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Karachi needs 80,000 new housing units a year

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KARACHI: What does encroachment mean and who is responsible for the recent wave of violent evictions that have taken place all over Karachi?

The key reason behind 10% increase was that Dr Ismail tried to present relatively realistic picture of expenditures, unlike his predecessor Ishaq Dar who always understated expenditures at time of budget.

Using the Karachi Circular Railway as case study, research group Karachi Urban Lab (KUL) looked into how land acquisition and dispossession work in the city, how large-scale displacement affected the families that have to go through it, and the many ways its effects could spread throughout the city at the Irtiqa Institute of Social Sciences office here on Saturday.

Two KUL researchers, Mohammad Tauheed and Arsam Saleem, discussed through their study ‘Evictions, dispossessions and urban sprawl in Karachi’ the legal and illegal frameworks being used by the state to perform these operations, who they benefit and how they might be understood.

Looking ahead a few years, the researchers spoke about the causes and effects of urbanisation. It has been estimated that by 2030, 50 to 60 per cent of Pakistan’s population will be urban, which would obviously affect public utilities and social services.

“Land ownership and control has remained an ongoing change since 1947,” said Tauheed. “At the time of partition, the built-up area of Karachi was just above 100 square kilometres. And now its metropolitan area covers 3,527 square kilometres,” he said, showing how quickly the city grew.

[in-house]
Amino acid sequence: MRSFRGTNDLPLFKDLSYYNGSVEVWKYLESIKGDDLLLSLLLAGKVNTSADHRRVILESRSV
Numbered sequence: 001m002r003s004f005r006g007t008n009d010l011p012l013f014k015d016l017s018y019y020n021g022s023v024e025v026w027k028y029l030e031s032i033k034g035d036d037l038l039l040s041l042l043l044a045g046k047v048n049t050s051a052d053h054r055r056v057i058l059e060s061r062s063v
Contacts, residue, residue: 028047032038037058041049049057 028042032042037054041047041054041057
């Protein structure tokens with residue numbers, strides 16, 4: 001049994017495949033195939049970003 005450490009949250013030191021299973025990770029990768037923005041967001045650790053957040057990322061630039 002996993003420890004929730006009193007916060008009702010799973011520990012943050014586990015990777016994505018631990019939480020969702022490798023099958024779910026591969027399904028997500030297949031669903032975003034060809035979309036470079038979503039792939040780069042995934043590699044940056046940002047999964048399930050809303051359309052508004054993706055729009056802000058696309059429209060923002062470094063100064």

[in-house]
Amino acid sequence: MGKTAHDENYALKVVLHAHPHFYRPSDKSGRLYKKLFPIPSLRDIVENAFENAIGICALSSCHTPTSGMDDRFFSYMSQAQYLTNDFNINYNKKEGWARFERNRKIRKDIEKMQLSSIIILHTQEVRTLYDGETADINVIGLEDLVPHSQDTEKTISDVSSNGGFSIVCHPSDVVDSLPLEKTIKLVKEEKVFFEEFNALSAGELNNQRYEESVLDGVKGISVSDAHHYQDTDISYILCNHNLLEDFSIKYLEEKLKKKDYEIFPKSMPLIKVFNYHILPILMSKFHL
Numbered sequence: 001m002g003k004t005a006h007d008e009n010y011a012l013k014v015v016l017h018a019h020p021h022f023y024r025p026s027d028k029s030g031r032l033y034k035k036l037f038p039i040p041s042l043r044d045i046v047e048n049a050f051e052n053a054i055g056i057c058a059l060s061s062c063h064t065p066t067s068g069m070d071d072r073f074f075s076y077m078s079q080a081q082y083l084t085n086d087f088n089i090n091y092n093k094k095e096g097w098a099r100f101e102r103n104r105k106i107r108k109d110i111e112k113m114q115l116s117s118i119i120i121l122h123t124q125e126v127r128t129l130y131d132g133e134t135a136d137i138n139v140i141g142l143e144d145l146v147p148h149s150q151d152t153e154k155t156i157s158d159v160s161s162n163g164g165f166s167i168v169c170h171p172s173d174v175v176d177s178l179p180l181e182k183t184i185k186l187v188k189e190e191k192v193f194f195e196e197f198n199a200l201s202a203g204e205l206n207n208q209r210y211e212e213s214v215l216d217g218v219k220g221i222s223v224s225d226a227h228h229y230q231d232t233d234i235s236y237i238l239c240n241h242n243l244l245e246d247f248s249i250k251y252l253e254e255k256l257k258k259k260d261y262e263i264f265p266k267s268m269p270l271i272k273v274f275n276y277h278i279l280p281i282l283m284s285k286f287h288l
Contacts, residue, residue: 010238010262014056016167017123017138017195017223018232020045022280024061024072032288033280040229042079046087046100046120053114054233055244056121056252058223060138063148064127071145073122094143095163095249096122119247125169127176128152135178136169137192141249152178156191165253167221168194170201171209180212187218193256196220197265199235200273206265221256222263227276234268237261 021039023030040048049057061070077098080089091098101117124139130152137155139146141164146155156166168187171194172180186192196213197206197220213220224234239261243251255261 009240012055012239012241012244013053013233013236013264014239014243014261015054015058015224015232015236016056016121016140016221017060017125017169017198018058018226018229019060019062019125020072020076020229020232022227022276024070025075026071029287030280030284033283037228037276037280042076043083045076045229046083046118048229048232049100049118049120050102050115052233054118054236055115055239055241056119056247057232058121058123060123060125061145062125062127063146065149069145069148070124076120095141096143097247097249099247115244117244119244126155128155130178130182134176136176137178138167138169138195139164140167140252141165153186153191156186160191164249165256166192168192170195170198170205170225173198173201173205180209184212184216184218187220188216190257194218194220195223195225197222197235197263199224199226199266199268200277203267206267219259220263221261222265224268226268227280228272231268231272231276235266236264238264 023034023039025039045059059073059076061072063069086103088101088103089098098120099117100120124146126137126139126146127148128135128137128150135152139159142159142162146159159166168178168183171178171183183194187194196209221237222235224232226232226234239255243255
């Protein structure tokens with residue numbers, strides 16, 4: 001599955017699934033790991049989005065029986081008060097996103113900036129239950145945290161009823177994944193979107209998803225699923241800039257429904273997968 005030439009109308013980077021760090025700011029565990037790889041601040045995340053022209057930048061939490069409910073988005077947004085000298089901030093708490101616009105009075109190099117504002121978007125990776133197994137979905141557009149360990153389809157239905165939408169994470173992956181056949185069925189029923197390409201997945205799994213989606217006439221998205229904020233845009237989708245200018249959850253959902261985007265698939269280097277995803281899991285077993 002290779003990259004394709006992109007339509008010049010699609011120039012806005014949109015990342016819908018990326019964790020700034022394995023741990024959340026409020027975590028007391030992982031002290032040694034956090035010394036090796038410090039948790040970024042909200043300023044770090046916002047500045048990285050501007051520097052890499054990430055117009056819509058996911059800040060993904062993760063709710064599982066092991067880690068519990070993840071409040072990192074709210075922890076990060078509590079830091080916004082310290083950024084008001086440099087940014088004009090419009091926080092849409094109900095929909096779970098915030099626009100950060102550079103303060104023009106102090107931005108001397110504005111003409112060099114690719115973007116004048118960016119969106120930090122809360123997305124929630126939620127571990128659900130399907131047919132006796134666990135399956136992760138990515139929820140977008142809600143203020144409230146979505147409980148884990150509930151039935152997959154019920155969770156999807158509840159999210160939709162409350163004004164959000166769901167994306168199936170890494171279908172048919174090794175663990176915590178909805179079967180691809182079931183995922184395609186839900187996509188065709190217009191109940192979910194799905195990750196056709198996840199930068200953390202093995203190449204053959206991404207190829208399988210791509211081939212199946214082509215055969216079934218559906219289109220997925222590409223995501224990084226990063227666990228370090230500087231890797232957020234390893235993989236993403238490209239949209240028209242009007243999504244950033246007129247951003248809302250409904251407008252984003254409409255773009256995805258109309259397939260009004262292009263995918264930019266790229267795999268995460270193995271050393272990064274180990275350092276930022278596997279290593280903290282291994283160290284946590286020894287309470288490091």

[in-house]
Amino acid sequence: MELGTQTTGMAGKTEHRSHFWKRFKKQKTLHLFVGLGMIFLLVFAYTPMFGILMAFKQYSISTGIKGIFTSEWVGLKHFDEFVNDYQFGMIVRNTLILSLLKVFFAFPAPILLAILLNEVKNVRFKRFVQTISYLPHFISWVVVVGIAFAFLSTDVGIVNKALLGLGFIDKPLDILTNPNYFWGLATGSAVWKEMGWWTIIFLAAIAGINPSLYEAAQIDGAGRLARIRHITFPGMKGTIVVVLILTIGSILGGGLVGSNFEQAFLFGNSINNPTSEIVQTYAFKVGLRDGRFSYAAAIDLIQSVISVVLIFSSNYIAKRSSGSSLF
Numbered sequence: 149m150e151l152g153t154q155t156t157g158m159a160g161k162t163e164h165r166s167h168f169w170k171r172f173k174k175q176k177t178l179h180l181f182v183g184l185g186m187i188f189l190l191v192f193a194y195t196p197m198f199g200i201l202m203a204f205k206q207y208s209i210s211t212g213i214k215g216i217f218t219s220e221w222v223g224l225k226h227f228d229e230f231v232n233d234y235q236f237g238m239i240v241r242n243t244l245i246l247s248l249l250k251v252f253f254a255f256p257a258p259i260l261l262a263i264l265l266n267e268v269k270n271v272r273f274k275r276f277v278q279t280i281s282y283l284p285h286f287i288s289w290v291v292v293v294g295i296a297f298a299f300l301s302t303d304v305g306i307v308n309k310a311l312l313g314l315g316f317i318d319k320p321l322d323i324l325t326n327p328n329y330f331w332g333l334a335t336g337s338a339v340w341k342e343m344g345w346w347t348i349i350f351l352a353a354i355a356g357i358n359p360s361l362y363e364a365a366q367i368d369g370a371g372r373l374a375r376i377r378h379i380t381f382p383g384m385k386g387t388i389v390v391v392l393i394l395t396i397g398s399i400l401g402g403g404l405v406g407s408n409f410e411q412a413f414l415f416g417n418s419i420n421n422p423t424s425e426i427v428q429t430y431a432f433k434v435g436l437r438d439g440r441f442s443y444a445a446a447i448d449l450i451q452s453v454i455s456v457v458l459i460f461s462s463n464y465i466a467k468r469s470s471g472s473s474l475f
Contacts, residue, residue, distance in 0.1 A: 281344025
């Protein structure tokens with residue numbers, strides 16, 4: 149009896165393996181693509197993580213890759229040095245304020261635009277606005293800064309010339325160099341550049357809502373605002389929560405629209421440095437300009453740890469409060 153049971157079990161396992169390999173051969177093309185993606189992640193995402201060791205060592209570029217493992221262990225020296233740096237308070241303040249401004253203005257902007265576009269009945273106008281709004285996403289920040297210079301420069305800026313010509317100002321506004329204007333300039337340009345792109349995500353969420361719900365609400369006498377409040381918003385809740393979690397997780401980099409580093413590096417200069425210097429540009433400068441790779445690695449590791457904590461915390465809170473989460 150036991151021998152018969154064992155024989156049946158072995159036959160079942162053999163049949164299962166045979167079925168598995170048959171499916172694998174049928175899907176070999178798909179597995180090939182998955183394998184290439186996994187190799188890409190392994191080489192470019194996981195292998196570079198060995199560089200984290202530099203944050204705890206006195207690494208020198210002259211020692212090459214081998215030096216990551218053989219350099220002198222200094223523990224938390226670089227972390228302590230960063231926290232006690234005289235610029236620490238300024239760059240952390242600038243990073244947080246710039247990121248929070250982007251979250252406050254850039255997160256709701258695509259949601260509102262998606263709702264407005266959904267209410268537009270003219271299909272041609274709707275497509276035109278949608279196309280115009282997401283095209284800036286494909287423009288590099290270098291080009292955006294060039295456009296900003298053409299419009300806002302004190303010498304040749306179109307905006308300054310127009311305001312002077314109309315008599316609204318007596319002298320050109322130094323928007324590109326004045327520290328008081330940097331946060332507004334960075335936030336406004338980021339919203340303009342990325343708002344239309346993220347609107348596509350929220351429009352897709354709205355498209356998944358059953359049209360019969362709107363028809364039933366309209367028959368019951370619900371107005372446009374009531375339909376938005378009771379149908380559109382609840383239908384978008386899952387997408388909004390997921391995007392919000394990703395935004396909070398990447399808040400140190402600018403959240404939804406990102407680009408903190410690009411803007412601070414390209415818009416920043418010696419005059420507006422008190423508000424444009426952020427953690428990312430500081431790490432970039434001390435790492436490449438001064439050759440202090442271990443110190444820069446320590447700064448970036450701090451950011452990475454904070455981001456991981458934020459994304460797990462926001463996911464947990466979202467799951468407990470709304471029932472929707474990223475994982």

To begin with all land belonged to the government of Sindh, which then gave away large portions to the Karachi Port Trust, the Civil Aviation Authority, Railways, and cantonments. Urban properties had a 99-year lease. Agriculture properties in Karachi district also had freehold ownership. The remaining land in the district was vested with the provincial Board of Revenue.

Karachi’s expansion, both formal and informal, has taken place on the Board of Revenue lands and on a major part of the irrigated farms. “As a result, the rural economy of Karachi district has been devastated and much of the pasture land has turned into a desert,” Tauheed said.

The city government of Karachi, or CDGK, which came about in 2001, directly controls 30.9pc land as well as the 1.9pc of land allocated to civilian cooperative housing societies. Another 20.7pc is allocated for national parks while the rest of the land is controlled by federal agencies, including the military cantonment boards and the Defence Housing Authority. “And for planning, there is no coordination among these different agencies except for dealing with issues related to utilities.”

The housing demand in Karachi is estimated at 80,000 new units per year. “The formal sector supplies 32,000 housing units and another 32,000 are built in katchi abadis. Meanwhile, 75.5pc of the city’s residents are classified as poor, and as such they constitute the majority of the unmet demand. The result has been the continuous demand for katchi abadis.”

Saleem then explained that the housing-related provisions of the Karachi Strategic Development Plan or KSDP 2020 included strengthening the Katchi Abadi Impr­ovement and Regularisation Prog­ramme, or KAIRP, converting sites for single-storey units houses into apartment complexes and commercialising the main city arteries. “Except for KAIRP, none of the other proposals will provide housing to the urban poor,” said Saleem.

“Karachi’s conflicts and the informalisation of the formal sector in housing and development have created a number of problems for citizens who wish to buy, sell or rent accommodation. They are not sure if they are being defrauded and whether or not the schemes they are investing in are legal.

“Encroachment is not a poor person looking to save some petty cash. It is a complex network involving government institutions, in an official or unofficial capacity, seeking to reap the rewards of quick land dispensation with none of the risks attached,” Saleem said.